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Jack Denton

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July 6, 2007 | Richard Fausset, Times Staff Writer
BY now, most everybody knows that young Jack Denton is back in this wreck of a town to do his late father's work. They know they can find him sleeping upstairs in his father's old law office, which, after Hurricane Katrina, doubles as his apartment. They know they can find him with clients and colleagues down at Mary Mahoney's Old French House Restaurant -- his dad's old haunt, flooded badly, but open again for business. The green-jacketed waiters there call him "Mr. Denton."
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July 6, 2007 | Richard Fausset, Times Staff Writer
BY now, most everybody knows that young Jack Denton is back in this wreck of a town to do his late father's work. They know they can find him sleeping upstairs in his father's old law office, which, after Hurricane Katrina, doubles as his apartment. They know they can find him with clients and colleagues down at Mary Mahoney's Old French House Restaurant -- his dad's old haunt, flooded badly, but open again for business. The green-jacketed waiters there call him "Mr. Denton."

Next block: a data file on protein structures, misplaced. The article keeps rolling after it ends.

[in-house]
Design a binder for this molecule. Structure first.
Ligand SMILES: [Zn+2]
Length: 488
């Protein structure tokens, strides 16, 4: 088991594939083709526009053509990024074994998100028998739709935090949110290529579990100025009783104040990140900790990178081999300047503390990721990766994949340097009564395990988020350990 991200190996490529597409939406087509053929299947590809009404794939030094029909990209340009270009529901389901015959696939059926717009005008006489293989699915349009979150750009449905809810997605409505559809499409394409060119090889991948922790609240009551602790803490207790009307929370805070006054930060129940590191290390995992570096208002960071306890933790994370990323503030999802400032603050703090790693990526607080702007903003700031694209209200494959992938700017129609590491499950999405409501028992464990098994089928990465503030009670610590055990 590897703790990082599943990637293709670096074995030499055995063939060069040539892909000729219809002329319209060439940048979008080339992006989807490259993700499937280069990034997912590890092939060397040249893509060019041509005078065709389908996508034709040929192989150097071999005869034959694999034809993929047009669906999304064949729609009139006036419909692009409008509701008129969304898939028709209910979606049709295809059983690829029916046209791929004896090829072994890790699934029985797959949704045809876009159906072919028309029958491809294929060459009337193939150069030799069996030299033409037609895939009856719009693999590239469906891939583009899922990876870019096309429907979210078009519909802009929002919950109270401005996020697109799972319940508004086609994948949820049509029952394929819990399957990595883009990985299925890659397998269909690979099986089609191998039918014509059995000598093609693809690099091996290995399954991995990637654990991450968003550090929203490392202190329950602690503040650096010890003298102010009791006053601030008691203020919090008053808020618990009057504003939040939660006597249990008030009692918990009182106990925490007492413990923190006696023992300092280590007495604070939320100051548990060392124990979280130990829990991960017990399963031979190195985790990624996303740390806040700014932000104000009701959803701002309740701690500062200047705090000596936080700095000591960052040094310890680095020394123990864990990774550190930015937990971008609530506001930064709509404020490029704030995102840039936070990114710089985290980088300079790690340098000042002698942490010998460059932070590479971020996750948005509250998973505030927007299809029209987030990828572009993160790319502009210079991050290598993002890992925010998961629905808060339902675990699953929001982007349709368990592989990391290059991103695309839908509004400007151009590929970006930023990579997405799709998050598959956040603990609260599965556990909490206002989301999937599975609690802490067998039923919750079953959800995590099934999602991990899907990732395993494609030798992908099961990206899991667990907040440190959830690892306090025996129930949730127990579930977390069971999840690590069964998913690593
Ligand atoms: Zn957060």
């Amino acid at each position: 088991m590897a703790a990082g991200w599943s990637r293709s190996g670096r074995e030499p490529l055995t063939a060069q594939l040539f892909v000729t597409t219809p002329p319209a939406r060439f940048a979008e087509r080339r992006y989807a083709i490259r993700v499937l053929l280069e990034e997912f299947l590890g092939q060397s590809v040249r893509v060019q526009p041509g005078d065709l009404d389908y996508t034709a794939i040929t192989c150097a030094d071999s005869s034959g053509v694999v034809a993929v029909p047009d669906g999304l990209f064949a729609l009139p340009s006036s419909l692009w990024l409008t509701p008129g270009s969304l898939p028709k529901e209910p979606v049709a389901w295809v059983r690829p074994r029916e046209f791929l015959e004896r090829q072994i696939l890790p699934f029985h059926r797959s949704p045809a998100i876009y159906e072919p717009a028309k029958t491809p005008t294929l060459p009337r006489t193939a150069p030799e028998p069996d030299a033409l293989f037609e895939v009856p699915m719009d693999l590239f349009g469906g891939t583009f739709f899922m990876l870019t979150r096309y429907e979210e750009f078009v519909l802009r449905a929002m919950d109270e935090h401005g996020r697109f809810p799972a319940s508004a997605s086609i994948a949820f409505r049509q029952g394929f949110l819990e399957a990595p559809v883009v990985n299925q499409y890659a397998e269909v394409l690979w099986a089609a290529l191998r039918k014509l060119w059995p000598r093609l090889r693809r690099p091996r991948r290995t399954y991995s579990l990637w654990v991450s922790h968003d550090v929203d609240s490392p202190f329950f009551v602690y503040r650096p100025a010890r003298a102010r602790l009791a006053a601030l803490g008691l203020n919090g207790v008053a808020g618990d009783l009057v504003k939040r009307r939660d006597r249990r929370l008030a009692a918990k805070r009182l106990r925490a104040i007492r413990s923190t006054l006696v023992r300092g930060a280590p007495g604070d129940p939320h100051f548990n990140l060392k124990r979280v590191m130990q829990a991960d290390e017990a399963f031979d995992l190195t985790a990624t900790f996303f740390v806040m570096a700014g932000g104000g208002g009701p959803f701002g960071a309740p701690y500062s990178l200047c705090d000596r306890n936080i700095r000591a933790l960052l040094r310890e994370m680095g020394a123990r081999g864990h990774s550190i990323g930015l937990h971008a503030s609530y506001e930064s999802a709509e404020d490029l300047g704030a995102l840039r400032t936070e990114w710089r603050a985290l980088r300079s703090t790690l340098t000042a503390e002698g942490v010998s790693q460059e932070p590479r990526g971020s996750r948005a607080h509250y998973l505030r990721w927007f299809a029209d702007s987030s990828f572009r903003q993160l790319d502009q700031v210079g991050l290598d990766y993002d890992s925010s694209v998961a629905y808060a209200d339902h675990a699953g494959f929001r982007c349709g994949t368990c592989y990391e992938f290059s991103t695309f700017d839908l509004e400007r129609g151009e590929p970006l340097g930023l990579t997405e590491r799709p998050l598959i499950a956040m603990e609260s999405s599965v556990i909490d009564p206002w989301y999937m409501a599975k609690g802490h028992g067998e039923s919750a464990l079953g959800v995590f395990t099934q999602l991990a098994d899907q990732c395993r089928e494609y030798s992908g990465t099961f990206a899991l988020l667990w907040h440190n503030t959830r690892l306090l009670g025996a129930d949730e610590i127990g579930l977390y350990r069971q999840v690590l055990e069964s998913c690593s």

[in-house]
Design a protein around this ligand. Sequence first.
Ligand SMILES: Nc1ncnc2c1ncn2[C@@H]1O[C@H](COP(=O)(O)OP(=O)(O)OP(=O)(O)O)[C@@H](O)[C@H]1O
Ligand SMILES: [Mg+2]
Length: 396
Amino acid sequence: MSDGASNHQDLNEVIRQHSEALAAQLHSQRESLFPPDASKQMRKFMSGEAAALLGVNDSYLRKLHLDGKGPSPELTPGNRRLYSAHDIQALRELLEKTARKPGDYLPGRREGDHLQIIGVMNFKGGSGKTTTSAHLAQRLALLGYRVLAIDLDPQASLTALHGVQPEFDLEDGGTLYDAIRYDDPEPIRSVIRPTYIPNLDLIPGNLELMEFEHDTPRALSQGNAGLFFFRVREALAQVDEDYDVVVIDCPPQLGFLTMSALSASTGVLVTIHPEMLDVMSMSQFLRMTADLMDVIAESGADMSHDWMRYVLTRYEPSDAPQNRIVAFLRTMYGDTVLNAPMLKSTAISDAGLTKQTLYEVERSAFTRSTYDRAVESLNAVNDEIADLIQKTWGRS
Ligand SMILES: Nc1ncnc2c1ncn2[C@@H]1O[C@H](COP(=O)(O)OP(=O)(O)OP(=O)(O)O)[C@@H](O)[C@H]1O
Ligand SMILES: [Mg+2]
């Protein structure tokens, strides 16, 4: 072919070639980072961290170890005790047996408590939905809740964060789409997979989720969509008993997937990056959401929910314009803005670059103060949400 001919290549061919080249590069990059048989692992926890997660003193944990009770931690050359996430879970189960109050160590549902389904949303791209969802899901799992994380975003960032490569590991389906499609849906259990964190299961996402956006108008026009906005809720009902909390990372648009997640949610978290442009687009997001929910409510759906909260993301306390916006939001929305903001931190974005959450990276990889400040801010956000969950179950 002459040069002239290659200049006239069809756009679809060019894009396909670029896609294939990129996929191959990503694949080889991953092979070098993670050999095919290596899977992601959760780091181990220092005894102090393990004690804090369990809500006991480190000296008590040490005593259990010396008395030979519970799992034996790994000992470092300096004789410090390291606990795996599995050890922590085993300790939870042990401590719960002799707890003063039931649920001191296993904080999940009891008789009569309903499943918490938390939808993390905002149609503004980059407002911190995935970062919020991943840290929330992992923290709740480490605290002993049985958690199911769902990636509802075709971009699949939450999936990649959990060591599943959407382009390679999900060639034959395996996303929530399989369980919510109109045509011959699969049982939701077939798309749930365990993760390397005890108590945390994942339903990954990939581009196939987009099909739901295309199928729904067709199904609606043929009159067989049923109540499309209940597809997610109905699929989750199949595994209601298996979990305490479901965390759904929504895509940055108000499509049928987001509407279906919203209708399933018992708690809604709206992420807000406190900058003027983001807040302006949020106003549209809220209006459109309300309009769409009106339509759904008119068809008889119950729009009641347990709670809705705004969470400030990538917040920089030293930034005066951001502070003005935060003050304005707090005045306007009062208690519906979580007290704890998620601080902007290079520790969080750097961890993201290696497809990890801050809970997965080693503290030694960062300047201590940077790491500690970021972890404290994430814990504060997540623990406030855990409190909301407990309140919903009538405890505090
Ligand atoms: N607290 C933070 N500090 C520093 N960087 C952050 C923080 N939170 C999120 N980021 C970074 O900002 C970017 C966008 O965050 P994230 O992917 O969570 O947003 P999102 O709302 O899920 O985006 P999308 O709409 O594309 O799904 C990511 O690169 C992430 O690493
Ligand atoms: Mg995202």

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July 7, 2007 | From the Associated Press
Two Mississippi attorneys who won a punitive damages verdict against State Farm Fire & Casualty Co. over destruction from Hurricane Katrina said Friday that they had settled other pending cases. Biloxi attorney Jack Denton said he and attorney William C. Walker Jr. settled 20 State Farm cases Friday. Two of the lawsuits were scheduled for trial this month in federal court. Terms of the settlements are confidential. "We finally got a little relief," Denton told the Sun Herald newspaper.
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November 30, 2007 | Richard Fausset and Jenny Jarvie, Times Staff Writers
He is a legendary trial lawyer, and one of the richest men in Mississippi. His name graces the music building at his alma mater, Ole Miss. He is the brother-in-law of Republican Sen. Trent Lott, and a friend of the Democratic state attorney general. Attorney Richard F. "Dickie" Scruggs once vowed to use his expertise, stature and money to fight the insurance industry's alleged mishandling of homeowners' claims after Hurricane Katrina. But now he may be fighting for his freedom.
CALIFORNIA | LOCAL
November 16, 1987 | CLAUDIA PUIG, Times Staff Writer
Doan Lap, a Vietnamese refugee with three children and a high-pressure job at an American bank, found life in the United States to be anything but easy. After escaping from war-torn Saigon in 1975, he worried about mastering English and American customs, about his job as a bank officer and about his two sons turning to gang life. Two years ago, Lap said, things got so bad that his doctor told him he ought to see a psychiatrist because he worried too much.
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